After arriving into Geneva via Paris (which remains one of my least liked airports, if you've an hour or two I'll explain) a colleague and I took the train to Lausanne where I wasn't particularly surprised to see that the opposite bank of Lac Leman was shrouded in mist - which resolutely refused to budge during the following eight days - denying me some glorious photos of the lake from any number of vantage points around the city. To compensate, and utilising the amazingly sensible Swiss habit of a free city "all-line" travel pass given by every hotel, I scratched the city's extensive trolleybus system whilst watching out for possible beery bars although I saw only one, a small place with a Chimay sign outside, not my idea of craft beer but still I half-heartedly marked it on my map for checking out later in the week.
All went to plan for the first few days until I found myself at work with a few hours to spare and a wide-open internet just begging to be surfed. With the help of Bov's gen-packed site I began to trawl through the websites of the local micros and, to my shock, some bars were mentioned that stocked craft beer! One name in particular cropped up during my search, that of the intriguingly-named Pibar (pi as in the Greek letter and bar as in bar), and so armed with a hastily scribbled map off I went on trolleybus No.1 whereupon I realised that this bar was the one I'd seen on my very first evening and neglected to investigate thus far; well, now was the time for some proper beer-hunting!
The bar was tiny inside and very... well, red in decor and looked as if it was relatively new (apparently it used to be called Bar Boucanier which was also famous for it's beer) and, having just opened, empty apart from a few early-door customers. I perched myself at the bar and studied the fridges and beer menu whereupon I felt my pulse quicken; I'd only gone and found a scooping pub in Lausanne! The list contained well over a dozen Swiss craft beers including the mysterious local Dr Gabs, adventurous Faiseurs de Bičre, highly regarded Trois Dames, over-rated (in my opinion!) BFM plus, as a bonus, small chalkboards announced the arrival of yet another local brewer to the already packed fridges; Jorat! This was going to be a night to remember...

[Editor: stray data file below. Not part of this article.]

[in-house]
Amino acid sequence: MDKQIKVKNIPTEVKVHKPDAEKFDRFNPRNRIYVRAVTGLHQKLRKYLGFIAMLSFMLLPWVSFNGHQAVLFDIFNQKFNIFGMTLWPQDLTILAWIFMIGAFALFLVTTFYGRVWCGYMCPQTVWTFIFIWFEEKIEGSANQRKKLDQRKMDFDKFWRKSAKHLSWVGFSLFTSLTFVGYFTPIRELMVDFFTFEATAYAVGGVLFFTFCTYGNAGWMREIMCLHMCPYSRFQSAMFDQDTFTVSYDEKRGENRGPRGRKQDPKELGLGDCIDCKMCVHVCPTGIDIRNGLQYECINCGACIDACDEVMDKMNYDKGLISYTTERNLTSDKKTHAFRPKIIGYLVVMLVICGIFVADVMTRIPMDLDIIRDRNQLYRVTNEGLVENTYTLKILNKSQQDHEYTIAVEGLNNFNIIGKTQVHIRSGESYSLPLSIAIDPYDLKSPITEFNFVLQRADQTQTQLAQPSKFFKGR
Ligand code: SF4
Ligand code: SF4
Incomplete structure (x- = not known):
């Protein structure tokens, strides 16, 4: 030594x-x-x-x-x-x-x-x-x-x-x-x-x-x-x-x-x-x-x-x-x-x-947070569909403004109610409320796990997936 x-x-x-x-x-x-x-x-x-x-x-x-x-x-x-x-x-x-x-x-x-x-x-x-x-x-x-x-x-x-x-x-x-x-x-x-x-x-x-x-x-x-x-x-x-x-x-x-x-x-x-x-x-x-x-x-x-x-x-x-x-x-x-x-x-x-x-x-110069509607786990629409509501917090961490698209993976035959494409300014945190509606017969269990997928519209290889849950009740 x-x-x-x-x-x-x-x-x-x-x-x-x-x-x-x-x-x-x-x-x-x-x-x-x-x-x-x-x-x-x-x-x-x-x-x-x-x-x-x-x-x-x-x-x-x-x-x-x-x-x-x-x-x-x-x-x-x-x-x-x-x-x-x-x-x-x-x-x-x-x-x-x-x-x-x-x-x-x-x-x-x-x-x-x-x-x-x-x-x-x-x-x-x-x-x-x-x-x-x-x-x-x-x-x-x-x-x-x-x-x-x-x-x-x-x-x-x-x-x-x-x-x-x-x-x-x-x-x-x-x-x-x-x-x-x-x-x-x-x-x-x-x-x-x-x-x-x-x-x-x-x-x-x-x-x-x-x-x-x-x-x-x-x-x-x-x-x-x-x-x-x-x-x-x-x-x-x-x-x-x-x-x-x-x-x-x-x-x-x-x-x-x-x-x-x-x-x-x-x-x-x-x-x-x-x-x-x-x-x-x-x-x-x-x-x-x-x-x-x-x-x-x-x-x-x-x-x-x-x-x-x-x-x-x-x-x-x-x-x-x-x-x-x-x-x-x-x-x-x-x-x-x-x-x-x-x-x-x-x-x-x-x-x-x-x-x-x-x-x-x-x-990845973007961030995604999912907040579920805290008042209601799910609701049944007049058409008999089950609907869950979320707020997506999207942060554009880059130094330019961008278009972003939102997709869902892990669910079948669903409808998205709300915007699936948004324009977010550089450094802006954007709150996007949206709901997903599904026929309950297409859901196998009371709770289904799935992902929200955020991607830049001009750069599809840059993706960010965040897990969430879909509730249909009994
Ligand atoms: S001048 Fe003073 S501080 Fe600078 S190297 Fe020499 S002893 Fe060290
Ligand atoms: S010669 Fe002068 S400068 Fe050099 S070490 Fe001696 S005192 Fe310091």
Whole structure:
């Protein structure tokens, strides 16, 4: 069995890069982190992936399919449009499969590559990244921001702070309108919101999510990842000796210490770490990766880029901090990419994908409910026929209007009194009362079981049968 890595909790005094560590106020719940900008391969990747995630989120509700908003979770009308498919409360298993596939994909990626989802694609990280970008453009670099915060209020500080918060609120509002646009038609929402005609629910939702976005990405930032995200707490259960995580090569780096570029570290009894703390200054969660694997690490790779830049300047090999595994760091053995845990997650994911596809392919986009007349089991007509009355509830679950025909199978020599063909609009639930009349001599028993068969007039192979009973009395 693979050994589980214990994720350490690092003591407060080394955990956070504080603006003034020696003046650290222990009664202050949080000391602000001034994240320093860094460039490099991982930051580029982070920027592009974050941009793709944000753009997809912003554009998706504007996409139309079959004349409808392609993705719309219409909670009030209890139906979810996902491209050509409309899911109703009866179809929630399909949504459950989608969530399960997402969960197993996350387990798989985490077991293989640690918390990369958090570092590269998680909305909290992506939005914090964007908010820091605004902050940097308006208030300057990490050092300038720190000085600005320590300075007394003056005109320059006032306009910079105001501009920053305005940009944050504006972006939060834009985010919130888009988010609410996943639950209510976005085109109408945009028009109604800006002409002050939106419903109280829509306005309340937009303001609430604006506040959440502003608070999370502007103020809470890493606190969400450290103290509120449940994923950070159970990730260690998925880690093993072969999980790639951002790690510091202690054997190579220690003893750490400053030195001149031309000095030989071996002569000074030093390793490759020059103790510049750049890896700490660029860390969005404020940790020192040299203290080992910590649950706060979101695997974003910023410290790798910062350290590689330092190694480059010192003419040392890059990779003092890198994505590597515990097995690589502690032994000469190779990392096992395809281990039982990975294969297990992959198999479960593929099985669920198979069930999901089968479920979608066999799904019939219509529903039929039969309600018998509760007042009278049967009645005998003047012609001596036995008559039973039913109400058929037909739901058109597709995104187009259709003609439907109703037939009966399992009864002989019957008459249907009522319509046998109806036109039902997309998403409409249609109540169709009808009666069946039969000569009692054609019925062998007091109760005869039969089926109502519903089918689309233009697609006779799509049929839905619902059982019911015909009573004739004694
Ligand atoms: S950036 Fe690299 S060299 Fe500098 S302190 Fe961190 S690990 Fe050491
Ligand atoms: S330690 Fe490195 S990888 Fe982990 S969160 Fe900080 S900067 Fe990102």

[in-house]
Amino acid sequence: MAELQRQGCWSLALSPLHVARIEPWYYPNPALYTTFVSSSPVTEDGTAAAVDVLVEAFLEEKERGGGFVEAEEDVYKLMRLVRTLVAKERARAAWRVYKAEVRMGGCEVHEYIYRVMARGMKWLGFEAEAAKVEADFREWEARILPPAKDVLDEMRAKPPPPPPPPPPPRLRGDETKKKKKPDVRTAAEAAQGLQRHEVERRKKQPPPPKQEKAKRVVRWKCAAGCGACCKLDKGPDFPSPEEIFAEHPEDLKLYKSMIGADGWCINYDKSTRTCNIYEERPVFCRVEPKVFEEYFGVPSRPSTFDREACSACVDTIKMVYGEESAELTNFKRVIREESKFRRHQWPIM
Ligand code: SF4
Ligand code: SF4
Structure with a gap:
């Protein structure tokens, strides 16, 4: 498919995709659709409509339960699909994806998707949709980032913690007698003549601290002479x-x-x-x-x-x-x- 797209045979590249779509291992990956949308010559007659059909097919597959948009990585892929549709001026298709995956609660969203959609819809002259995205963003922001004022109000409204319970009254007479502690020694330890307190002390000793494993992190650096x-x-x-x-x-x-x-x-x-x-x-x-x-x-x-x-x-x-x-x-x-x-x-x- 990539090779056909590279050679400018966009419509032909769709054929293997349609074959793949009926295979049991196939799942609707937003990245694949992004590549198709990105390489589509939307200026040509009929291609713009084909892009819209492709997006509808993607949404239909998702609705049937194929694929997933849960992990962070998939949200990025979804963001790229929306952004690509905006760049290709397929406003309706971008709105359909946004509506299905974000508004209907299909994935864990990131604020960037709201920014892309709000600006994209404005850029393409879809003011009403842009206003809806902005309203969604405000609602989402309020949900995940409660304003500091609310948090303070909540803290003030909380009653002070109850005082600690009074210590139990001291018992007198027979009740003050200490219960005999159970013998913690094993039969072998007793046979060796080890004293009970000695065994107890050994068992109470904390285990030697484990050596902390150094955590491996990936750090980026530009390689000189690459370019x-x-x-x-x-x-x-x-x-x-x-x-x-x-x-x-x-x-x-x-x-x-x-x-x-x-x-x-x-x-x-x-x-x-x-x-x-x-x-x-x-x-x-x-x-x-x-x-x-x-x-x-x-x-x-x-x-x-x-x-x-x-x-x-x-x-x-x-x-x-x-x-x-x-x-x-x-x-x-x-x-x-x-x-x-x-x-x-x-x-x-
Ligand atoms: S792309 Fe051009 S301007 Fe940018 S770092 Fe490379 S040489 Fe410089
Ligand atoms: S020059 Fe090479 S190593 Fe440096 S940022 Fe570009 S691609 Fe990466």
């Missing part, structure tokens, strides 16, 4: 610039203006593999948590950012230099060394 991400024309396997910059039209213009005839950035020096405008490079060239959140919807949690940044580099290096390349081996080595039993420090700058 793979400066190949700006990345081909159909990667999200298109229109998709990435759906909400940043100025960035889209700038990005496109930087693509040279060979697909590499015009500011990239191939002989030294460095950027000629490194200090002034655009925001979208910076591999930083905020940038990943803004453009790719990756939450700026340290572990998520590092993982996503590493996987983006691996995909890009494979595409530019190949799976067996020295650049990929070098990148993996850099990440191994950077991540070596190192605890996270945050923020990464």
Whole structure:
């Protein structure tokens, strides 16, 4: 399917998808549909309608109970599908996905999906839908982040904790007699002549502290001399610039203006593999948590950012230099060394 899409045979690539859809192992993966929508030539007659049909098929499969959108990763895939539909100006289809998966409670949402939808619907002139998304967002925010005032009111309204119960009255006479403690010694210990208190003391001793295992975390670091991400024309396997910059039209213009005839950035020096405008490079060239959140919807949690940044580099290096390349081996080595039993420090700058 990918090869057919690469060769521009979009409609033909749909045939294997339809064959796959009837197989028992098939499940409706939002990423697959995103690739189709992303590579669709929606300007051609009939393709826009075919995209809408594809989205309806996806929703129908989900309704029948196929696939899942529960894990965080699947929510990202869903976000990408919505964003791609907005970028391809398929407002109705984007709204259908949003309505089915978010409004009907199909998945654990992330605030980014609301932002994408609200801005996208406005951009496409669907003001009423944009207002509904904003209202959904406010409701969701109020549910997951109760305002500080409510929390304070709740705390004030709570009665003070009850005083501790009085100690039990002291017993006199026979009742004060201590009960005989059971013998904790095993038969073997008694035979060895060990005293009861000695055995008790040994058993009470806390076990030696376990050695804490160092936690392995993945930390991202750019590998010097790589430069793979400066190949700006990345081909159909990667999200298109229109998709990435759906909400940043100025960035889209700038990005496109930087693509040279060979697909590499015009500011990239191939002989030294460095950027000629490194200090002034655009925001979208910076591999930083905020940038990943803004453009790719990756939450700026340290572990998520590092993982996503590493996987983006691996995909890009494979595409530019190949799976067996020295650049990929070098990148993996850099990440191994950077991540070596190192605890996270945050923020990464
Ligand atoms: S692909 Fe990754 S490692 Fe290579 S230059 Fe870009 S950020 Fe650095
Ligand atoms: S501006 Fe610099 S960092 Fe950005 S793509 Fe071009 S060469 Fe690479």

The barman, who I assume is also part-owner, spoke very little English but my French had, during the preceding few days, evolved to a level permitting me to order things so I worked my way through half a dozen brews plus a delicious plate of tapas, prepared fresh in the tiny kitchen by my new friend. As I scored my winners the bar slowly filled up (which, given it's size, didn't take long) and it was heartening to see that despite 99% of the clientele being under 30 - making me probably the oldest geezer in the place - they almost all seemed to be beer-lovers and pored over the menus with great deliberation before ordering their chosen beverage. Many went for the pretty decent Belgian range although the local Dr Gabs brews seemed to be popular, particularly the Ténébreuse stout, although Trois Dames topping the bill for me, in particular their IPA and Brown IPA, both of which oozed citrussy, fruity hops; not something I'd expected in Switzerland, I must admit...
Eventually it was time to leave and so, wishing the barstaff (who probably wondered when I was going to piss off and stop slurring away in atrocious schoolboy French at them) good night, I clumped off down the precipitous hill back to the centre of Lausanne and then on to my hotel where, over deliciously Beamish-esque (mid 90's, obviously) bottle of Trois Dames Black Stout, I reflected that I'd almost missed out on what must be one of the most beery places in the whole of Switzerland! You might expect in bar that small to find a couple of craft beers but Pibar seems to go all-out for the city's "beer destination" prize and, in my opinion, walks it; not many bars have that much love for beer, so many beery customers and all-round craft beer vibe as Pibar has and, for these reasons, it's dangerously close to my top-five bars of all time on the strength of just three visits in a week!
If you're in Lausanne, or anywhere near, do yourself a favour and get to Pibar, perch yourself at the bar and work your way through the impressive beer list. Some staff speak English, some don't, but love of beer overrides such unimportant matters and this place has that flowing out the door and down the hill. All they need to do is lose the bottles of Greede King IPA...
To get to this bastion of craft beer take trolleybus 1 from the station (northbound, direction Blécherette) to Druey College, 50 metres up the hill, although be aware the southbound stop is a little distance further up along Av. Druey (the left-hand fork). To be honest, the hill is so steep it's easy enough to walk back to Place Riponne in five minutes although walking up isn't advised if you value your lungs...!
I've archived the previous entries off to here, but to save you wasting your valuable time looking at them I've surmised the gen thus;
January 2009 : BQ, Milan
February 2009 : Royal Blenheim, Oxford
March 2009 : Hops & Barley, Berlin
April 2009 : North Bar, Leeds
May 2009 : Bakusyu club Popeye, Tokyo
June 2009 : Monk’s Café Sveavägen, Stockholm
July 2009 : Star, Huddersfield
August 2009 : None awarded!
September 2009 : Bar La Pause, Genoa
October 2009 : Český Ráj, Wrocław
November 2009 : Wellington, Birmingham
December 2009 : Sheffield Tap, Sheffield